The same KM framework described in my previous blog is useful for ensuring the link between training and the bottom line.
A best practice in training framework is that developed by PAHRDF (Philippines-Australia Human Resource Development Facility) for its training projects for Philippine government agencies:
PARDF Training Model
The key elements of this approach are:
- Training is customized; training design is driven by workplace development objectives (WDO), which in turn are driven by organizational goals and objectives
- Desired output of training is a re-entry action plan (REAP) for each participant’s workplace practicum
- Desired outcome of training are improvements in competencies via REAP
- Training delivery is through face-to-face workshops (usually 1 week) followed by face-to-face or blended e-coaching (usually 1-3 months)
If the causal link between WDO and corporate targets is clear and quantifiable, then the ROI of training can be computed. The causal chain is:
A caveat: as I pointed out in my earlier blogpost “Interactivity and Context”, the benefit is due to the interactive and joint effect of the training intervention and other pre-existing knowledge assets such as the technical preparation of the participants, their attitudes, policies affecting the workplace, etc.
When I learned about the PAHRDF model, it was a pleasant discovery for me because unwittingly I was using a similar model in my graduate KM class at the Technology Management Center of the University of the Philippines. I do not require term papers and I do not give tests or exams in this course. The student’s grade is determined by only one thing: an actual workplace KM practicum approved by the boss. The KM practicum is identified through a simple set of KM diagnostics, the results of which are shown and discussed with the boss as a basis for the boss’ choice of practicum topic. The practicum report consists of a PowerPoint presentation (the same presentation the student will use/used to present his practicum to his office colleagues and boss) and a manual or guidelines (to help those who will be involved in implementing the practicum).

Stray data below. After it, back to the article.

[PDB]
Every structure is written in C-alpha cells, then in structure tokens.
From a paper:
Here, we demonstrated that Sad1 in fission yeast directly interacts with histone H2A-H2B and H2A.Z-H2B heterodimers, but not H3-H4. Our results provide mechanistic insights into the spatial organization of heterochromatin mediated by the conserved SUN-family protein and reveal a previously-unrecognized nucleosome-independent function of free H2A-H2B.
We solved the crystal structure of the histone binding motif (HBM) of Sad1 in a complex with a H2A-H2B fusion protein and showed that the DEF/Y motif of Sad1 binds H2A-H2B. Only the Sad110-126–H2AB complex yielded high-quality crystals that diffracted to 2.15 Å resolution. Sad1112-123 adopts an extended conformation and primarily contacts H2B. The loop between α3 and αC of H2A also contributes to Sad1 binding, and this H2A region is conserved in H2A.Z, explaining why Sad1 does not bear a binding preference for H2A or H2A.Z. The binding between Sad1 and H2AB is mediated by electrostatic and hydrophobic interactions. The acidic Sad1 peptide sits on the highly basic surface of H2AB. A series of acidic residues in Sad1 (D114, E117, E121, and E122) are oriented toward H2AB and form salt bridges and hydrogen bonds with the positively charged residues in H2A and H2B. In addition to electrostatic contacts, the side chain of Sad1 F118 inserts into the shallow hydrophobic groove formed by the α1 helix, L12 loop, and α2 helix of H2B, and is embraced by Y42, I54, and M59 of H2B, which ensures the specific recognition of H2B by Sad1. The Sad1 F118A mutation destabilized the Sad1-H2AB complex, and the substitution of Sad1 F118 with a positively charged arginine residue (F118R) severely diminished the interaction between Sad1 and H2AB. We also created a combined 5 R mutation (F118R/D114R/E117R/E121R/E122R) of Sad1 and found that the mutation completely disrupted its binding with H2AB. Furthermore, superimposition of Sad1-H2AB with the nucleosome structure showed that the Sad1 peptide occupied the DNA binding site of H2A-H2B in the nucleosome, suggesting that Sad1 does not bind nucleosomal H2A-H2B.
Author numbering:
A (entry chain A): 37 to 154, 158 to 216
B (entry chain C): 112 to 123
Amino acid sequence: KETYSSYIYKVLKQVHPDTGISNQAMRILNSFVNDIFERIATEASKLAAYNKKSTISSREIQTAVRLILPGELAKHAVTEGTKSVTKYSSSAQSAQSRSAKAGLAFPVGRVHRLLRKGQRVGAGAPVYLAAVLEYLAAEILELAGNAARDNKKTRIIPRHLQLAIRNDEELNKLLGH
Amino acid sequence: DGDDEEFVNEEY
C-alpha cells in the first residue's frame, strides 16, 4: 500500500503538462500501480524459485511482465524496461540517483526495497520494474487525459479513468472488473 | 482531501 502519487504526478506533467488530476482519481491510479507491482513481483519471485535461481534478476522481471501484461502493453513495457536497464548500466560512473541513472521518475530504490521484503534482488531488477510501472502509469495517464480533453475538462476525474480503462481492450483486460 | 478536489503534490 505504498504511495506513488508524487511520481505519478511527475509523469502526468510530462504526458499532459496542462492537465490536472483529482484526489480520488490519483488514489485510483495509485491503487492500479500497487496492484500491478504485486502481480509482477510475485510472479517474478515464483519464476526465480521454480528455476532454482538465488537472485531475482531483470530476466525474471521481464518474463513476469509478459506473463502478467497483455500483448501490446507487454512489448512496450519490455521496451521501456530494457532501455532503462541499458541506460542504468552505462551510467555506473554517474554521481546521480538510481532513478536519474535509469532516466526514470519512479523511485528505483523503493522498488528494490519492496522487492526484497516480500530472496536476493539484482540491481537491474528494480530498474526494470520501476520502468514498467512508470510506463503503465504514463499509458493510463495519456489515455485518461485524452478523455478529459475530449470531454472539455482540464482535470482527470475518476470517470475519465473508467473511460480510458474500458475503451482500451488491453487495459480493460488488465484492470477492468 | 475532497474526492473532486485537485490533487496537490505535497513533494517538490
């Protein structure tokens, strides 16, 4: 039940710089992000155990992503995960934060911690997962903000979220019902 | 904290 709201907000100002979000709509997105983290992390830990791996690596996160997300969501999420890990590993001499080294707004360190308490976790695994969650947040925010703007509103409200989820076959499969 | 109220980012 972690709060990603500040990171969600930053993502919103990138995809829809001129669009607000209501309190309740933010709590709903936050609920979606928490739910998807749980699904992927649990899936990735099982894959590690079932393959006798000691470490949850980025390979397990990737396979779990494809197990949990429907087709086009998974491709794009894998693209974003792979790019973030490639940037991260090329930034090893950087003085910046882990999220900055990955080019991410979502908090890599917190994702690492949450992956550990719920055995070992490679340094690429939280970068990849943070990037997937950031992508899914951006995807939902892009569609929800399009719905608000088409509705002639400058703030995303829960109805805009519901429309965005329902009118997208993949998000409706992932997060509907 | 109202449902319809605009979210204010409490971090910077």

I encourage the boss to email me his or her evaluation of the student’s work — an important input in my grading decision.
In more than 50% of the cases, the practicum was well-received by the boss so that it became part of the business process or standard operating procedures in the student’s workplace.
Here is an unsolicited email from one of my students last semester:
“I just would like to thank you for sharing with us your expertise in Knowledge Management. Truly, this is one of my best subjects in Technology Management. Because of my practicum (business process improvement) in your course, I was tasked to implement it in our organization. I am spearheading the project on e-library. With the all-out support of the management, this has given me a lot of opportunity specifically in my career.
“I hope you will open more subjects, seminars and the likes on practicing knowledge management in the future.
“I have attached the presentation slides and some documents on my practicum. I have asked my manager to evaluate my practicum. I was advised by him that the evaluation was already sent last October 17.
“Thank you, and hope to see you soon.”
My lessons learned:
- Students’ emails such as the one above make the teacher feel good but the business impact of training is in the workplace; it should be measured there rather than somewhere in the minds of the learners.
- Impact assessment is straightforward if the training intervention rests on a solid causal model linking training to business results.
- ROI of training is less a methodological issue and more an issue of correct training framework/design.